Academic journal article Islamic Studies

The Reform of Muslim Society*

Academic journal article Islamic Studies

The Reform of Muslim Society*

Article excerpt

It is with infinite satisfaction that I see, in my own day, the Muslim peoples waking from their torpor and aspiring to throw off the foreign yoke. That means that they have understood, at last, that the duty of every Muslim, a duty sacred above all - is to have liberty and that without it there can be neither happiness nor real progress. I must confess, however, that my satisfaction is not unmixed, since I observe that the great majority of representatives of the Muslim intellectual classes are intent only on endowing their countries with hardly disguised copies of Western institutions; and think that they can only compass their revival by adopting the principles and concepts of the Indo-Aryan world. This state of mind in the Muslim "intelligenzia" distresses me, because it shows that they no longer perceive that Islam, when teaching us to worship the One God, at the same time endowed us with a complete set of moral and social principles proceeding from belief in the Divine Unity; that those principles are imposed on us by that belief; and that all Muslim societies have been engendered by them and have lived by them. It would seem then that our intellectual elite are no longer able to assure themselves with full conviction, that Islam is the human religion par excellence: religion in its highest and completest form; that it is civilisation itself in the most perfect sense; and that, consequently, there can be no social salvation, as there can be no eternal salvation, outside it. They apparently forget that, if, for the Christian world, all roads lead to ROME, for the Muslim world all roads lead to MECCA. In other words, each of these two worlds is called to follow a different direction and destiny, to play a different part in the general evolution of humanity. The difference between the ideals, conceptions, aspirations, needs and means of the Christian world and those of the Muslim world is, without the slightest doubt, as great as that which exists between the beliefs, moral and social concepts, general mentality and origin of Christendom on the one hand and Islam on the other. How could it be otherwise when the former spring from the latter?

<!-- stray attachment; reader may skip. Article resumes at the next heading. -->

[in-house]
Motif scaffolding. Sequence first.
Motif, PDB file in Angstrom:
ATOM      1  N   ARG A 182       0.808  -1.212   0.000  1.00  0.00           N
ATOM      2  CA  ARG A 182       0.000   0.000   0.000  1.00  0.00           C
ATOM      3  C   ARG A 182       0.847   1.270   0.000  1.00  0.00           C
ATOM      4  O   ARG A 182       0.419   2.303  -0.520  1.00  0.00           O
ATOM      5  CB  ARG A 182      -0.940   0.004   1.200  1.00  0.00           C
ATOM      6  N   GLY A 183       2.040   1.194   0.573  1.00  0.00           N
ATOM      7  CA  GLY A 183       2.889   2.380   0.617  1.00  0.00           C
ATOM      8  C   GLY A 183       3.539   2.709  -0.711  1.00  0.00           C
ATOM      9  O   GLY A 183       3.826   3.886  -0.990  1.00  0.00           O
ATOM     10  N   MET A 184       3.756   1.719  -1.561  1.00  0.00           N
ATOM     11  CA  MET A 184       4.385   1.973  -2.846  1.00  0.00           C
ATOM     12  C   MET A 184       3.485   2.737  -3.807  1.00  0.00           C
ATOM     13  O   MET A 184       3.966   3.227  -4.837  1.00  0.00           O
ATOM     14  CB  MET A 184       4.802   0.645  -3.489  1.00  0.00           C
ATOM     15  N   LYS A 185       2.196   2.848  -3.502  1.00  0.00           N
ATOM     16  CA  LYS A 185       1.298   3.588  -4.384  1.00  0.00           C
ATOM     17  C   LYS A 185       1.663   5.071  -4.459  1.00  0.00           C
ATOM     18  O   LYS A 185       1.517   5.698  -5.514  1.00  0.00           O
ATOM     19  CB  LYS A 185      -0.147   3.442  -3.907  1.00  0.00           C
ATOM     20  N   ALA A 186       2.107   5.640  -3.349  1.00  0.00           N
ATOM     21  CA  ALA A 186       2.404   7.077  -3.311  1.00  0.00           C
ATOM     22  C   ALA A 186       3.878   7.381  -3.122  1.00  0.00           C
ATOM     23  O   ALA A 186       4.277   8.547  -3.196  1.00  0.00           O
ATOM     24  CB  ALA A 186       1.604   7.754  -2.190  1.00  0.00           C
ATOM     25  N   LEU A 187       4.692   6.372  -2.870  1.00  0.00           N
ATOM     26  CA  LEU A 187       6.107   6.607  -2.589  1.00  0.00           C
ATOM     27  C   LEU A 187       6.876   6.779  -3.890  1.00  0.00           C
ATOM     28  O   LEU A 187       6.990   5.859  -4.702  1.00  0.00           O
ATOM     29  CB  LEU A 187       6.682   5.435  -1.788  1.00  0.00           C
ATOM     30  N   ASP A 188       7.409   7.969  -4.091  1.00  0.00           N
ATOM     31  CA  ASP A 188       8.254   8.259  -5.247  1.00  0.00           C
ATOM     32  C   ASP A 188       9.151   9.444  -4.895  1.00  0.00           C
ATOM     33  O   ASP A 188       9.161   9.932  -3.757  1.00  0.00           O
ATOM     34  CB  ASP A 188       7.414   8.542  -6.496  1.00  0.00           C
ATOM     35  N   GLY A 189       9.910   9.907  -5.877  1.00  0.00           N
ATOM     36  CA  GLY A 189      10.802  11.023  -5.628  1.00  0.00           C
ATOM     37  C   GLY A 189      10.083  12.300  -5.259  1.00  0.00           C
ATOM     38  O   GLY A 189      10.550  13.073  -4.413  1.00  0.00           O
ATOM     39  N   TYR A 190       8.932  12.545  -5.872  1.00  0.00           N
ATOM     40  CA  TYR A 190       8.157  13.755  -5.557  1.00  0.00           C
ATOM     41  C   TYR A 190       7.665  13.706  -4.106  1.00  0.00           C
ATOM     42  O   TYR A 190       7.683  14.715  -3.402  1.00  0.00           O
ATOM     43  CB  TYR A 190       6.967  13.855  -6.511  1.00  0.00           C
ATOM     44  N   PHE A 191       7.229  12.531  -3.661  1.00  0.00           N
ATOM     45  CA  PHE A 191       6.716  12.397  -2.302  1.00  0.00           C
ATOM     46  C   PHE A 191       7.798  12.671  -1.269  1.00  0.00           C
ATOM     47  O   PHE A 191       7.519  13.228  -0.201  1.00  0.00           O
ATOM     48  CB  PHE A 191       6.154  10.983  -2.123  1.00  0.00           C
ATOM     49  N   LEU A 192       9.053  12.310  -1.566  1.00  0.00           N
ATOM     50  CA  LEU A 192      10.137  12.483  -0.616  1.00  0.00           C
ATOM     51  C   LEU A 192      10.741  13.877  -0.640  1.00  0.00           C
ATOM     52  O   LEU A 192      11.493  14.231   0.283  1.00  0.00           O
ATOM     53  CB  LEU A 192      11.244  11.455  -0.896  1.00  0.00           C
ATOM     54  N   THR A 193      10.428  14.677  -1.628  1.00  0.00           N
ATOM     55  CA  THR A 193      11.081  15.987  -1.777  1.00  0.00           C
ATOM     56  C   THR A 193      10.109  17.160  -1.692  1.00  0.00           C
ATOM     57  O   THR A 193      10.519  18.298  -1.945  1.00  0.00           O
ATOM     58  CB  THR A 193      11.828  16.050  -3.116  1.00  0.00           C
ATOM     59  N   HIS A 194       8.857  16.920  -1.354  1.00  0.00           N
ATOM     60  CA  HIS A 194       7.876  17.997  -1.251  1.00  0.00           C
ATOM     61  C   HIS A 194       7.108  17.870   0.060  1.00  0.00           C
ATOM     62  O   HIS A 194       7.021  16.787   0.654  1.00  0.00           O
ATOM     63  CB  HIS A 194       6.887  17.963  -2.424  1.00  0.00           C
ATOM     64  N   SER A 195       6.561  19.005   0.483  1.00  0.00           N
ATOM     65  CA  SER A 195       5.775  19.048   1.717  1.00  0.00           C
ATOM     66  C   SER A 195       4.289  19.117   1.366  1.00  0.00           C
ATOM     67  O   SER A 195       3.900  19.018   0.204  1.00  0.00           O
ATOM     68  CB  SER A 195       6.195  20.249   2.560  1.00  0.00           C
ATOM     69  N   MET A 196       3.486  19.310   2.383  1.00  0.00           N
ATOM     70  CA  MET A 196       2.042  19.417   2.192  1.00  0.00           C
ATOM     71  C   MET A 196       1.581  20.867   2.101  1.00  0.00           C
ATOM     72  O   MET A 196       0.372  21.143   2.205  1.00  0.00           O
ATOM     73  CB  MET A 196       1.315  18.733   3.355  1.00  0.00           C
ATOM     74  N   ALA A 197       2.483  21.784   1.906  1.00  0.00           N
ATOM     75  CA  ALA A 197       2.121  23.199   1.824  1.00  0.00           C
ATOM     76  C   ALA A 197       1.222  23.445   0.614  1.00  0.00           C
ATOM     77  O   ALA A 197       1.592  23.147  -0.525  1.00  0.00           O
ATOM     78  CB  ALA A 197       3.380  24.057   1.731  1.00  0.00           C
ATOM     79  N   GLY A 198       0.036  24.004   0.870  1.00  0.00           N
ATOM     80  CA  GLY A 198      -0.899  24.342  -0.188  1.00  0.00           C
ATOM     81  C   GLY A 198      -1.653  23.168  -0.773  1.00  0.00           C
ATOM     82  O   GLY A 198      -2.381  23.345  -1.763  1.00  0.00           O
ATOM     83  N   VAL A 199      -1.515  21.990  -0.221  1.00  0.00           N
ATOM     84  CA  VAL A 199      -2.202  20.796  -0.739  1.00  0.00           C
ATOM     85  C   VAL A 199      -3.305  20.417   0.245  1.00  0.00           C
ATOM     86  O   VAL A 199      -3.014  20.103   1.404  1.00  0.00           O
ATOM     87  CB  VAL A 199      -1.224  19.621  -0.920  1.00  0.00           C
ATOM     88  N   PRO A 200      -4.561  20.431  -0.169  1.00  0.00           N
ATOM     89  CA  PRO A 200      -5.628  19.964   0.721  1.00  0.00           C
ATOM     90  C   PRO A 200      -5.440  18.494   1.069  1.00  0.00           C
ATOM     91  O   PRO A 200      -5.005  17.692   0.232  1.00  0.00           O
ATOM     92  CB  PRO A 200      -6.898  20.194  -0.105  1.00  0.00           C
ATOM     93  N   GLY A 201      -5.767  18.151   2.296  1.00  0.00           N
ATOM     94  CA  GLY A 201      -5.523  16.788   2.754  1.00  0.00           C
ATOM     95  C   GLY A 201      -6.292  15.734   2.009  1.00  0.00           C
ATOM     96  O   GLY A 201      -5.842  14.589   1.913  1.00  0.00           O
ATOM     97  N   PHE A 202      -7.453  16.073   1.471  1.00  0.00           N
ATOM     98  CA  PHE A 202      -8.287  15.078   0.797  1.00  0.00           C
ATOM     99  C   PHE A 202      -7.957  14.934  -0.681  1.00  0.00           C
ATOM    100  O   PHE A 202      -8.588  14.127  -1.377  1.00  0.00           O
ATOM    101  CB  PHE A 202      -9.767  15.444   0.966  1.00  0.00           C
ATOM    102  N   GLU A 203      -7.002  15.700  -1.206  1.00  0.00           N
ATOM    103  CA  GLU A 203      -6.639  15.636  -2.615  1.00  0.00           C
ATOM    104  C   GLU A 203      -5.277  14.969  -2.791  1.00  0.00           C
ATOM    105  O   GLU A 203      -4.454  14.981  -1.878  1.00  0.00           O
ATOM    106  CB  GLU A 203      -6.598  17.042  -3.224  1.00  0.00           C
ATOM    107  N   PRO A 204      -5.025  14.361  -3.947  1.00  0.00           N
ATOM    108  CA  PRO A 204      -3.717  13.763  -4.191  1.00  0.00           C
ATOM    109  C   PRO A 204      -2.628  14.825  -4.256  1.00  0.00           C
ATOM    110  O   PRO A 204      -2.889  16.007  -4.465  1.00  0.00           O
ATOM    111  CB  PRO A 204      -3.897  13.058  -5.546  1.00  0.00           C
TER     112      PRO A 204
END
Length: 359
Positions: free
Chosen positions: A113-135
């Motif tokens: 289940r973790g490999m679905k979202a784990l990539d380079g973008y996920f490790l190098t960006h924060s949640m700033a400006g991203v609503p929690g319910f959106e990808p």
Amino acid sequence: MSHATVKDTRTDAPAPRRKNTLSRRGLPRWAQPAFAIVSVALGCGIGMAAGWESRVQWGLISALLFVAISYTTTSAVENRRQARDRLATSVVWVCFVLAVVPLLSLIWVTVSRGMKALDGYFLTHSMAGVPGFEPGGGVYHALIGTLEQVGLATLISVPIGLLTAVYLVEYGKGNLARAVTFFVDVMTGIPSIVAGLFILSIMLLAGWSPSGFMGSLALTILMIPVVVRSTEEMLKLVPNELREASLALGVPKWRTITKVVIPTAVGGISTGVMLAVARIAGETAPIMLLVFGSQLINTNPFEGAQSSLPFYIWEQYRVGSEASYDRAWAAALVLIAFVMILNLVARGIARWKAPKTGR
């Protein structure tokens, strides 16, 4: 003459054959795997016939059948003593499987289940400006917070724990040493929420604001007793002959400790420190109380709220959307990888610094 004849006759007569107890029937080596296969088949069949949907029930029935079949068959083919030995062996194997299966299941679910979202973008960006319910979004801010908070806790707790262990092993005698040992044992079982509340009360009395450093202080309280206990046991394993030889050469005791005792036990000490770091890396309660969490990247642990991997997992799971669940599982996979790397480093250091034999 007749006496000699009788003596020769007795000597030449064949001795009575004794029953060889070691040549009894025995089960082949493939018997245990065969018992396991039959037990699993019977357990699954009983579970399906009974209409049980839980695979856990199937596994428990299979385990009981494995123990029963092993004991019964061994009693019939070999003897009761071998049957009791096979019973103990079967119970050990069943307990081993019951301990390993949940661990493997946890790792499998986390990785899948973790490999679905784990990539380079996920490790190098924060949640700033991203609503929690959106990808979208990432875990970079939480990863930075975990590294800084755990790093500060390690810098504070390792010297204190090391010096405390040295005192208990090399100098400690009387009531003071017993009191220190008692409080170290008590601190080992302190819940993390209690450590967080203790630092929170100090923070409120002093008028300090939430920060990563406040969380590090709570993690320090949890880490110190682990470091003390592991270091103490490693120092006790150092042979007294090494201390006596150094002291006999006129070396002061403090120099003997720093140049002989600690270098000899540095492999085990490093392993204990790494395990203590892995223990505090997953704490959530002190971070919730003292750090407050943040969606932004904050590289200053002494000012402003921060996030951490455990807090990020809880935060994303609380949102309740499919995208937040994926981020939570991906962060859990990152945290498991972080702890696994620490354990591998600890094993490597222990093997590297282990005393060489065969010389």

It is therefore flagrant error to believe that institutions with which the Christian world has provided itself, as suited to its needs, political or social - in the last analysis the two merge into one - can ever suit us, whatever modifications of detail we may make in them. The two worlds are in fact so essentially unlike that by no effort can they be brought to share the same concept of individual and collective life.

I can only ascribe the distortion of Muslim mentality above-mentioned, which looks for the regeneration of Muslim society as a result of its assimilation to Western society, to the unfortunate influence of the foreign domination endured by peoples who accept the Prophet's Law - a domination which has played the part of an intellectual dissolvent among them. I propose to dispel the errors with which that mentality is laden, and to prove that, from the moral and social point of view, the Islamic world has no reason to envy the West; that, on the contrary, it is Christendom which must go to school to Islam in those respects. The best way to enlighten minds upon this question of supreme importance is to state in plain terms what has been the social work of Islam. This reminder will convince my compatriots and co-religionists that the Reform of Islam should consist simply in Muslims learning to understand better, and apply better, the teachings of their sublime religion.


The whole social work of Islam rests upon the fundamental principle of the sovereignty of the Shari'at. Muslim society is that which is subject to that sovereignty.

Now, the Shari'at is the sum total of the natural ethical and social truths which the Prophet revealed to us in the name of the Creator, and on which human happiness depends.

The sovereignty of the Shari'at, therefore, is only that of moral and social laws which have their source in nature itself, and which are thus immutable and independent of human will just as are the physical laws. …

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